Pulling these rather contradictory strands together suggests that when Alexander Mackenzie was gathering material for his 1877 book, The Prophecies of the Brahan Seer he uncovered a garbled version of the story involving Catherine Ross of Balnagowan and Coinneach Odhar, displaced it forwards in time by a century, and introduced Lady Isabella Seaforth as the anti-heroine. Having constructed a credible biography for his Brahan Seer, Alexander Mackenzie then attributed to him every prophecy he had come across during his research into oral folk-tales: though, in fairness to Mackenzie, most had already become attached to Coinneach Odhar.

And what of the prophecies of the Brahan Seer? There have to be question marks raised because these prophecies were, at best, kept alive by word of mouth for at least two hundred years before being committed to paper: and some simply seem to fall within the category of what today would be called "urban myth". In particular, at the time of his execution by Lady Isabella Seaforth, the Seer was said to have made a number of prophecies about her family and about Brahan Castle, which many believe have since come true. If Coinneach Odhar had actually lived in the 1500s, then he had no reason to make this group of prophecies: indeed, Brahan Castle was only built in the early 1600s.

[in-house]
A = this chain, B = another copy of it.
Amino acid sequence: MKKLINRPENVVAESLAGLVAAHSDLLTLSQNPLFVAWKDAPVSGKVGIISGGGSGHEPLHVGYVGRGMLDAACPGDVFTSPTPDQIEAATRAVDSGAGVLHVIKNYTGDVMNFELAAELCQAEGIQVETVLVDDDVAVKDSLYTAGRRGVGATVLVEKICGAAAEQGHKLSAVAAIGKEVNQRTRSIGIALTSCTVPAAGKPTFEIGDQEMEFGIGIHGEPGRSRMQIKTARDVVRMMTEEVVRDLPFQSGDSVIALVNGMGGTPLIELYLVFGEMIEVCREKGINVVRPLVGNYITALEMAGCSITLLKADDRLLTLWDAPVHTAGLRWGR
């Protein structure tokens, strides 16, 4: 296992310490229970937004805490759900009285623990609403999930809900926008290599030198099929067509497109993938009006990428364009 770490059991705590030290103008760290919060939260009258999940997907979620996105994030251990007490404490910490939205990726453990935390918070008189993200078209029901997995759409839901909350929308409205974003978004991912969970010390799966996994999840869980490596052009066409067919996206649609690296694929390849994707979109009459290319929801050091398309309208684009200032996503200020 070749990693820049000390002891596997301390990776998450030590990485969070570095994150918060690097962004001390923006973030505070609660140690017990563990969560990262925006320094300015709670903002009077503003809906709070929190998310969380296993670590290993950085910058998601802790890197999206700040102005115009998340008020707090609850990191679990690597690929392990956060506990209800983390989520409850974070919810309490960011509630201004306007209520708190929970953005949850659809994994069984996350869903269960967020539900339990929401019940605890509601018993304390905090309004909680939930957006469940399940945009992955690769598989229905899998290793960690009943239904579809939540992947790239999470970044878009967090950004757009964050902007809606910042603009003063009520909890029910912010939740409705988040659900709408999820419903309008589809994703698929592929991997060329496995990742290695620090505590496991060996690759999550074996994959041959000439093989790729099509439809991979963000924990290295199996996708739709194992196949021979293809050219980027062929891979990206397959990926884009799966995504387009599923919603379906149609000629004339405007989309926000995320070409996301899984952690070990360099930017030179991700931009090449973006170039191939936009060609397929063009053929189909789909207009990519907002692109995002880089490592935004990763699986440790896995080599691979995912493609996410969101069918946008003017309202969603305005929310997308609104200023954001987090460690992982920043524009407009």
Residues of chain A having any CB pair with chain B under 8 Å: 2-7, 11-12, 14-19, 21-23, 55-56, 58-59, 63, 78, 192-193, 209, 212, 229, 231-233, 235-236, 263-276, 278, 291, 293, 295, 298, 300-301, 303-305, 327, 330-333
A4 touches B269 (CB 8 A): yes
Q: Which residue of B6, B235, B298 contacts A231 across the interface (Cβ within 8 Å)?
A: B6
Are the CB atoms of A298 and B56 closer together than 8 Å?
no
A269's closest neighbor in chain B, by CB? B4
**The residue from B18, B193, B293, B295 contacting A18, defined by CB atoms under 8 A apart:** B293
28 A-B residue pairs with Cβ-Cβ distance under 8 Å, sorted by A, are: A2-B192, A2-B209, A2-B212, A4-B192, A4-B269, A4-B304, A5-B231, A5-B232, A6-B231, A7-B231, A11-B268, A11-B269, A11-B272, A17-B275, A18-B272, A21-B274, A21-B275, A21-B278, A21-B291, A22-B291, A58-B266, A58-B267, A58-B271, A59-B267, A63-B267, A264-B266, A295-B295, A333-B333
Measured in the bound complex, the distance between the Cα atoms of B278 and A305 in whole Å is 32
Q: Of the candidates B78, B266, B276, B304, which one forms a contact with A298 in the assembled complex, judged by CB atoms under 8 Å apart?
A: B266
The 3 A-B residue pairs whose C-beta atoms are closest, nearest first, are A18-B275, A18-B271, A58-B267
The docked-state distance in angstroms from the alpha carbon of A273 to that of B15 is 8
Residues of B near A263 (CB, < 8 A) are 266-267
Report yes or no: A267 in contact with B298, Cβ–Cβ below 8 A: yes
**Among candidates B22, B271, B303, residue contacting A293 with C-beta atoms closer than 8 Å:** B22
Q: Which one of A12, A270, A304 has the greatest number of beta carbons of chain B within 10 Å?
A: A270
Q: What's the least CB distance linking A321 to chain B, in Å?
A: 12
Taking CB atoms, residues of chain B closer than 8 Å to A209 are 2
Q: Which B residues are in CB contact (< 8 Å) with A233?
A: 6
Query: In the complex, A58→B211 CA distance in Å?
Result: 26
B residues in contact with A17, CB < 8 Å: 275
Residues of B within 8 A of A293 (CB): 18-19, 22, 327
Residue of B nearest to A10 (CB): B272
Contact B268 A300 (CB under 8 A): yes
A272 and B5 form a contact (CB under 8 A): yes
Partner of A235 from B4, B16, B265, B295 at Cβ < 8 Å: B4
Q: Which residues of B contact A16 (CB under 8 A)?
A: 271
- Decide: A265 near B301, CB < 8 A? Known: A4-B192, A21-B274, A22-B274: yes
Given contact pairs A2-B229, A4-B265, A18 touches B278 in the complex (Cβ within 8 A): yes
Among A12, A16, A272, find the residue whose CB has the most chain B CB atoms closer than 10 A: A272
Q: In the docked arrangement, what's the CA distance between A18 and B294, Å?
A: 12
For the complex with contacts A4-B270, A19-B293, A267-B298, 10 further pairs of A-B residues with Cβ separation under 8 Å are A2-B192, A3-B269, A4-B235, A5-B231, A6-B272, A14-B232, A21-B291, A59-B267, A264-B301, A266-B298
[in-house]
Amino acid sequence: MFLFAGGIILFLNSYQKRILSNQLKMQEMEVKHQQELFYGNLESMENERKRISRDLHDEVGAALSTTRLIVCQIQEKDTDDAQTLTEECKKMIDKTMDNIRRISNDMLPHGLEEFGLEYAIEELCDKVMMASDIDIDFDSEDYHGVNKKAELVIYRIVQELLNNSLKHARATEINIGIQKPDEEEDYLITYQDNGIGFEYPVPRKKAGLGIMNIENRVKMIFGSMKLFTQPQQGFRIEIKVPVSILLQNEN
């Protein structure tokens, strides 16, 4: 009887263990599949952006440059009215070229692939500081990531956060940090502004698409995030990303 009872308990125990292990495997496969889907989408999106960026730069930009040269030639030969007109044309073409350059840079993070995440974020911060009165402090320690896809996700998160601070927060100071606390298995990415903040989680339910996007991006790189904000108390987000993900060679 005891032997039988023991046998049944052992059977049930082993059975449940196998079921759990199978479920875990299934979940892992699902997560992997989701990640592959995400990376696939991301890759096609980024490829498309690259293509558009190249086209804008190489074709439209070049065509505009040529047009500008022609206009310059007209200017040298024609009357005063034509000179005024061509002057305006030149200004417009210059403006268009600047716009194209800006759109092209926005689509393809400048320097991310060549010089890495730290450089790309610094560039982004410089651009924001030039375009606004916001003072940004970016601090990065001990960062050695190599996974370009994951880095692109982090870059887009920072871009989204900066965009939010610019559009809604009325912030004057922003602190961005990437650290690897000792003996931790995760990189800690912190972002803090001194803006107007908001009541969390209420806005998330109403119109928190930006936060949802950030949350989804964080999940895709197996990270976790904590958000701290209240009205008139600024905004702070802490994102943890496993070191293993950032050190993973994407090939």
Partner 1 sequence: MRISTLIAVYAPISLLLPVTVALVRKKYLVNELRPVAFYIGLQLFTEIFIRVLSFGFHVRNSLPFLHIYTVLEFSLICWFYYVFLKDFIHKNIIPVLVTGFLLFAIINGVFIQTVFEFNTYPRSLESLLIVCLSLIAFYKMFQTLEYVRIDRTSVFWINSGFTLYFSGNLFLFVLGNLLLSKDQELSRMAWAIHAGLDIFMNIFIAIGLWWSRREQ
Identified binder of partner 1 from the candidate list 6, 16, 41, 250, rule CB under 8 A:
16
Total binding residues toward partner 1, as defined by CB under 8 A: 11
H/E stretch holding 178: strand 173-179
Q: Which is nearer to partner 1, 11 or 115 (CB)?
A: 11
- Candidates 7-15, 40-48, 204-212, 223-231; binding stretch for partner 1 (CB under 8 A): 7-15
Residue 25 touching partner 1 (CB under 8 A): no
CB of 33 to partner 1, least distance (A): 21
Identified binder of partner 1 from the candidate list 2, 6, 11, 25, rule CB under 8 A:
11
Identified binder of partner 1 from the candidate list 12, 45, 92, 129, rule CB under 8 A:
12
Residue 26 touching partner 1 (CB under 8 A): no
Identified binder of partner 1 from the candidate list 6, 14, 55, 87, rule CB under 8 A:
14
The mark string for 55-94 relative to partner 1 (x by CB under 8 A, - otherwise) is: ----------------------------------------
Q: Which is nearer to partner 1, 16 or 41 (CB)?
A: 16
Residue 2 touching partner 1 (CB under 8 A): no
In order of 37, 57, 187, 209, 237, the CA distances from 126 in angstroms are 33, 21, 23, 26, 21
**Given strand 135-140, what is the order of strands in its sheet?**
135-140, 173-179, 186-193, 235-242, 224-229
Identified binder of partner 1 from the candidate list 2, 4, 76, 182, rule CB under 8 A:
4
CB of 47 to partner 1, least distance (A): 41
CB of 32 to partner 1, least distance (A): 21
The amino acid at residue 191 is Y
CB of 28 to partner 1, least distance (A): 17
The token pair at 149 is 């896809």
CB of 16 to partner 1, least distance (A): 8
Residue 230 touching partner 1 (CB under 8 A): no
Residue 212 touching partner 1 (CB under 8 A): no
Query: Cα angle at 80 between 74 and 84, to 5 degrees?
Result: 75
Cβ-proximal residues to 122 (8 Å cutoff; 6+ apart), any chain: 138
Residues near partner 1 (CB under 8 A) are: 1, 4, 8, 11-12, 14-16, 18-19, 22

On the other hand, however, even if you take the most cynical view, that you can't absolutely rely on any particular prophecy having existed before 1877, there are a number which many believe to have come true since. Here, as with Nostradamus, it comes down to personal belief about whether any particular set of word applies to a particular modern event... or not. On balance, we are struck by the fact that "predictions" said to be made about events before the late 1800s (such as the Battle of Culloden and Strathpeffer becoming a health spa) are expressed in a much more specific way than those which are said to relate to events since then. At very best, it seems to us that in writing his bestselling book in 1877, Alexander Mackenzie tightened up some of the prophecies he had uncovered in the oral tradition using the benefit of hindsight: at worst he simply spiced-up his book to make it sell better by adding in some invented "predictions" obviously relating to events that took place after Coinneach Odhar's death but before 1877.